that we should do everything we can to save lives," Rounds said. "If
this bill accomplishes that, then I am inclined to sign the bill into
"Long term, I think this [current Supreme Court] is probably more
amenable to restricting the impact of Roe v. Wade on a case-by-case
basis and an exception-by-exception basis,'' Rounds said. "But in the
meantime, this may satisfy a lot of individuals out there who would like
to see if there is one slim chance the court may entertain three years
from now a direct assault on Roe v. Wade." "I can tell you first-hand
we've had people stopping in our office trying to drop off checks to
promote the defense of this legislation already," Rounds added.
The South Dakota bill represents a new line of attack for anti-choice
forces. Since abortion was legalized in 1973 with the Supreme Court's
ruling in Roe v. Wade, the religious right has sought to chip away at
women's access to abortion, while avoiding a head-on challenge to Roe.
Now, with the Bush administration's success in packing the Supreme Court
with anti-choice conservatives Samuel Alito and John Roberts, some
right-wing forces are pushing for a full frontal attack. "It is a
calculated risk, to be sure, but I believe it is a fight worth
fighting," said Republican state Sen. Brock Greenfield, who is also
director of the South Dakota Right to Life.
The right's previous piecemeal strategy has already greatly limited a
woman's right to choose in South Dakota. Last year, the state passed
five laws restricting abortion. One requires a doctor to tell women that
an abortion would end the life of a "whole, separate, unique human
South Dakota is one of three states--along with Mississippi and North
Dakota--that has just one abortion provider. The doctors, who are
rotated and flown into South Dakota from Minnesota, perform abortions
only one day a week.
If South Dakota succeeds in its all-out assault on abortion rights,
other states will probably follow suit. Ohio, Indiana, Georgia,
Tennessee and Kentucky lawmakers are already looking at similar bans.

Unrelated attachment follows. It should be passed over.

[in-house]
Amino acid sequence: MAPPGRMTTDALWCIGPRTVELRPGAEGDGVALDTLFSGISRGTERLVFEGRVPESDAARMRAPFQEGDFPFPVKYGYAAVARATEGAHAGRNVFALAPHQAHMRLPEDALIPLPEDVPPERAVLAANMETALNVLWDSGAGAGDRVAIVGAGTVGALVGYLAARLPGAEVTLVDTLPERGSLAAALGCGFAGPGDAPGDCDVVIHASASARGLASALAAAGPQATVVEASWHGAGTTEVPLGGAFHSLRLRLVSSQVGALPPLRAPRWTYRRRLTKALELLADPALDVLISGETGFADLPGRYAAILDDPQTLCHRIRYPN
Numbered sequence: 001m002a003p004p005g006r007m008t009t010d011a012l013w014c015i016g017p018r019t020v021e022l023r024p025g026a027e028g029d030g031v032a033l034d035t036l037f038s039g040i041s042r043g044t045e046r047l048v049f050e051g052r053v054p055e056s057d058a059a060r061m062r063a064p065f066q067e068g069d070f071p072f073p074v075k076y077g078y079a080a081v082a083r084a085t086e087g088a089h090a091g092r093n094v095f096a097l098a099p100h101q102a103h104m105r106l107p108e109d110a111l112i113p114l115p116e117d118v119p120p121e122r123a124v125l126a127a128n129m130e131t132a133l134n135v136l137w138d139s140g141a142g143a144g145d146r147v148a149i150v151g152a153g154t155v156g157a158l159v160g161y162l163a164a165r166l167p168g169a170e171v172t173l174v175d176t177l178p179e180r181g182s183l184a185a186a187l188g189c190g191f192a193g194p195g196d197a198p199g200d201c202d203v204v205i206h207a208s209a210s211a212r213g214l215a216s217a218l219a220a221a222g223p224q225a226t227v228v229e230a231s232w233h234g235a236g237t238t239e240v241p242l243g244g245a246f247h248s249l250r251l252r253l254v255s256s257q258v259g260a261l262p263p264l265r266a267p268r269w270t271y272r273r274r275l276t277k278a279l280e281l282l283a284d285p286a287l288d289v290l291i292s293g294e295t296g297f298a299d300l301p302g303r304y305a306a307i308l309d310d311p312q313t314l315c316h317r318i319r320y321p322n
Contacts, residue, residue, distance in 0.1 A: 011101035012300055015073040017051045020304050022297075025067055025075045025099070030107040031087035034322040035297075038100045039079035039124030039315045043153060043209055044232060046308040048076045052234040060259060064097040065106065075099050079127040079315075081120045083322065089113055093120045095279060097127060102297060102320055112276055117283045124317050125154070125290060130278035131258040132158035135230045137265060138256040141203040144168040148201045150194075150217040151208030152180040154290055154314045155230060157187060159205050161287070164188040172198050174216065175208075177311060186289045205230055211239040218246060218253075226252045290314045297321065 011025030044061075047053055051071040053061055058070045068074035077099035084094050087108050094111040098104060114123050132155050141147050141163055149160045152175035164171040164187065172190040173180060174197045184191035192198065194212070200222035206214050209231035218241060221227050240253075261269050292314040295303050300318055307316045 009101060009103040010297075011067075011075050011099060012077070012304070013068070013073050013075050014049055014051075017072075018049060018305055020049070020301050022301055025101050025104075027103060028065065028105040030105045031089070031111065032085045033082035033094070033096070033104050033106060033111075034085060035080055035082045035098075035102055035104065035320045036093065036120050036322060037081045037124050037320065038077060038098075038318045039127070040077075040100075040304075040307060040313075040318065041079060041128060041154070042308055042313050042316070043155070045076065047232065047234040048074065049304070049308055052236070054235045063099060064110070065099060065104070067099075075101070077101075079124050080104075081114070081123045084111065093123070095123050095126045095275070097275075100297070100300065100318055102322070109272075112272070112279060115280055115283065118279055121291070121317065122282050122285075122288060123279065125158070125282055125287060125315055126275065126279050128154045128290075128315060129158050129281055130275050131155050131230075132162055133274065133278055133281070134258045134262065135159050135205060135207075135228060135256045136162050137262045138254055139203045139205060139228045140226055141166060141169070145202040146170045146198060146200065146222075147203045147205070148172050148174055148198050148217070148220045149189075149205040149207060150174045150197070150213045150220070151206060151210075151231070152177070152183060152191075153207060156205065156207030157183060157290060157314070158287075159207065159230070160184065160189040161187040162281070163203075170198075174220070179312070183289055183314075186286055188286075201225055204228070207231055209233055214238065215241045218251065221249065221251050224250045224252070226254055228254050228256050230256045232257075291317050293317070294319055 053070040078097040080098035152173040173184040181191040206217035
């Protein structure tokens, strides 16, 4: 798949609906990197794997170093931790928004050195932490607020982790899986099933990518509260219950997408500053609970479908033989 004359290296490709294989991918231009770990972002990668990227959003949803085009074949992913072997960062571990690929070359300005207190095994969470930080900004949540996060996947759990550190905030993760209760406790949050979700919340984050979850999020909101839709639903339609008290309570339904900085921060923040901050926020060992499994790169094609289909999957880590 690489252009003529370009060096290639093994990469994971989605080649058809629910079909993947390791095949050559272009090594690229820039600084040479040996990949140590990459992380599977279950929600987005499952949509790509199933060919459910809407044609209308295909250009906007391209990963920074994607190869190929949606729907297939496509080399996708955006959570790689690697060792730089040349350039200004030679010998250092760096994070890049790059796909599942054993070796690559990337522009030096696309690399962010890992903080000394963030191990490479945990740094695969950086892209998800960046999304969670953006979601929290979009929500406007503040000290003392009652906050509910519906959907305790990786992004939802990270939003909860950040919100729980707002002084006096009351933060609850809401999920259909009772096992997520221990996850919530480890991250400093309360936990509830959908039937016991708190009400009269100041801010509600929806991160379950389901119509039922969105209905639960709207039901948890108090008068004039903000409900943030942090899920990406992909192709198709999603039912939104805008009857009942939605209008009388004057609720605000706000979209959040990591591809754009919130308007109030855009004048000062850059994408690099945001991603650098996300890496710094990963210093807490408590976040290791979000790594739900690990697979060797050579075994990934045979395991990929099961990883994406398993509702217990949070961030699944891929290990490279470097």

Nevertheless, some anti-abortion forces are afraid of the backlash such
an all-encompassing attack will provoke.
Unfortunately, it's hard to imagine the organizations that claim to
defend abortion rights, like NARAL Pro-Choice America, being able to
wage the kind of fight it will take to beat back this assault.
"When you see them have a ban that does not include exceptions for rape
or incest or the health of the mother, you understand that elections do
matter," concluded Nancy Keenan, president of NARAL Pro-Choice America.
"We will be very active in '06 and in '08 in electing candidates that
represent the views of most Americans."
Keenan is wrong if she thinks NARAL's long-held strategy of electing
Democrats is going to work. After all, in the South Dakota senate, five
Democrats voted for the abortion ban, one more than voted against it. In
the process of showering their so-called political allies with support,
liberal women's organizations have done nothing while access to abortion
has been chipped away.
More attacks on abortion rights are guaranteed in the coming months.
Last week, the Supreme Court agreed to hear the Bush administration's
appeal of a decision invalidating the so-called "Partial-Birth Abortion
Ban Act of 2003," a law that would ban pregnancies terminated as early
as 12 or 13 weeks, and that doesn't include exceptions for the woman's
The religious right's success in restricting women's access to
abortion--from mandatory waiting periods to parental consent
legislation--has built their confidence to take on Roe. An activist
movement to defend abortion rights has to organize where it can't be
ignored--in the streets.
Elizabeth Schulte writes for the Socialist